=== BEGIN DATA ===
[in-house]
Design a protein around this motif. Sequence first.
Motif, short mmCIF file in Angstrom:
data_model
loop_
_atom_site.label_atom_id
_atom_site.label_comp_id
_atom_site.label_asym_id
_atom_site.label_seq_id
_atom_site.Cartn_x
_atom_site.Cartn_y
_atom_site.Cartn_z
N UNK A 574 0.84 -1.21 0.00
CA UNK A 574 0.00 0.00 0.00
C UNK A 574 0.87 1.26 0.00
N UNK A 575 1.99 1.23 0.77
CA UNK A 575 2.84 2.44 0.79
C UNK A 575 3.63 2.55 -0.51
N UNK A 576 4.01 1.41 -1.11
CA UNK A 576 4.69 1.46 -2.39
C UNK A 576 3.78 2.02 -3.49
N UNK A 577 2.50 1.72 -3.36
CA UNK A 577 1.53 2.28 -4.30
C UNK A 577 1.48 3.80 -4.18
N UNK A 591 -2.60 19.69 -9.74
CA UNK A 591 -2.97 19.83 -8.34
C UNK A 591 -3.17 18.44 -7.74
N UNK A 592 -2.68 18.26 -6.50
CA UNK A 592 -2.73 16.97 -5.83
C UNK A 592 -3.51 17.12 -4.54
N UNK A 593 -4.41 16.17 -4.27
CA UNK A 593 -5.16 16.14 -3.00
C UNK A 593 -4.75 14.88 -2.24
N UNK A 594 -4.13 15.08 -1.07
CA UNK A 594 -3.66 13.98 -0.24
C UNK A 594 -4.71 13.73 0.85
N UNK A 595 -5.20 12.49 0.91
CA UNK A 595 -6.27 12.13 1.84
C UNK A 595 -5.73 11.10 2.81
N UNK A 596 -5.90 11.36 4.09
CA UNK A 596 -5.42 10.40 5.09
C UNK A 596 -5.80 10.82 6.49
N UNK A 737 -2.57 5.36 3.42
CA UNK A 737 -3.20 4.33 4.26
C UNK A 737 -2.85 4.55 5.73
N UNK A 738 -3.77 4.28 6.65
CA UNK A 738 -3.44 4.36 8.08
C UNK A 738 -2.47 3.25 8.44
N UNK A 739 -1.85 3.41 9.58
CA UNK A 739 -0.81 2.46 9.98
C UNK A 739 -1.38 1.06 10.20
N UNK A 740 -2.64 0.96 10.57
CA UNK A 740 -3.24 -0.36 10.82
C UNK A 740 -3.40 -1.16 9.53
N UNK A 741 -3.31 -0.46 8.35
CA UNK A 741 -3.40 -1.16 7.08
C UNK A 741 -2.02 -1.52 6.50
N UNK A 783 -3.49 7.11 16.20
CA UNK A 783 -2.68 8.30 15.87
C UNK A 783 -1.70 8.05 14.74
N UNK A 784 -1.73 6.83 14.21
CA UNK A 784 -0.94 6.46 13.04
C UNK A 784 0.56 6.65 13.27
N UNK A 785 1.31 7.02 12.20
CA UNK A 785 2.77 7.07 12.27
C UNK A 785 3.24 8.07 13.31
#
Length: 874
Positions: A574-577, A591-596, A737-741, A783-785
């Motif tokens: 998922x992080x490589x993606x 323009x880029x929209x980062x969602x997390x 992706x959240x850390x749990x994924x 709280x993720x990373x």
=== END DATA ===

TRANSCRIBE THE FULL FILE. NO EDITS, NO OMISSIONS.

[in-house]
Design a protein around this motif. Sequence first.
Motif, short mmCIF file in Angstrom:
data_model
loop_
_atom_site.label_atom_id
_atom_site.label_comp_id
_atom_site.label_asym_id
_atom_site.label_seq_id
_atom_site.Cartn_x
_atom_site.Cartn_y
_atom_site.Cartn_z
N UNK A 574 0.84 -1.21 0.00
CA UNK A 574 0.00 0.00 0.00
C UNK A 574 0.87 1.26 0.00
N UNK A 575 1.99 1.23 0.77
CA UNK A 575 2.84 2.44 0.79
C UNK A 575 3.63 2.55 -0.51
N UNK A 576 4.01 1.41 -1.11
CA UNK A 576 4.69 1.46 -2.39
C UNK A 576 3.78 2.02 -3.49
N UNK A 577 2.50 1.72 -3.36
CA UNK A 577 1.53 2.28 -4.30
C UNK A 577 1.48 3.80 -4.18
N UNK A 591 -2.60 19.69 -9.74
CA UNK A 591 -2.97 19.83 -8.34
C UNK A 591 -3.17 18.44 -7.74
N UNK A 592 -2.68 18.26 -6.50
CA UNK A 592 -2.73 16.97 -5.83
C UNK A 592 -3.51 17.12 -4.54
N UNK A 593 -4.41 16.17 -4.27
CA UNK A 593 -5.16 16.14 -3.00
C UNK A 593 -4.75 14.88 -2.24
N UNK A 594 -4.13 15.08 -1.07
CA UNK A 594 -3.66 13.98 -0.24
C UNK A 594 -4.71 13.73 0.85
N UNK A 595 -5.20 12.49 0.91
CA UNK A 595 -6.27 12.13 1.84
C UNK A 595 -5.73 11.10 2.81
N UNK A 596 -5.90 11.36 4.09
CA UNK A 596 -5.42 10.40 5.09
C UNK A 596 -5.80 10.82 6.49
N UNK A 737 -2.57 5.36 3.42
CA UNK A 737 -3.20 4.33 4.26
C UNK A 737 -2.85 4.55 5.73
N UNK A 738 -3.77 4.28 6.65
CA UNK A 738 -3.44 4.36 8.08
C UNK A 738 -2.47 3.25 8.44
N UNK A 739 -1.85 3.41 9.58
CA UNK A 739 -0.81 2.46 9.98
C UNK A 739 -1.38 1.06 10.20
N UNK A 740 -2.64 0.96 10.57
CA UNK A 740 -3.24 -0.36 10.82
C UNK A 740 -3.40 -1.16 9.53
N UNK A 741 -3.31 -0.46 8.35
CA UNK A 741 -3.40 -1.16 7.08
C UNK A 741 -2.02 -1.52 6.50
N UNK A 783 -3.49 7.11 16.20
CA UNK A 783 -2.68 8.30 15.87
C UNK A 783 -1.70 8.05 14.74
N UNK A 784 -1.73 6.83 14.21
CA UNK A 784 -0.94 6.46 13.04
C UNK A 784 0.56 6.65 13.27
N UNK A 785 1.31 7.02 12.20
CA UNK A 785 2.77 7.07 12.27
C UNK A 785 3.24 8.07 13.31
#
Length: 874
Positions: A574-577, A591-596, A737-741, A783-785
């Motif tokens: 998922x992080x490589x993606x 323009x880029x929209x980062x969602x997390x 992706x959240x850390x749990x994924x 709280x993720x990373x």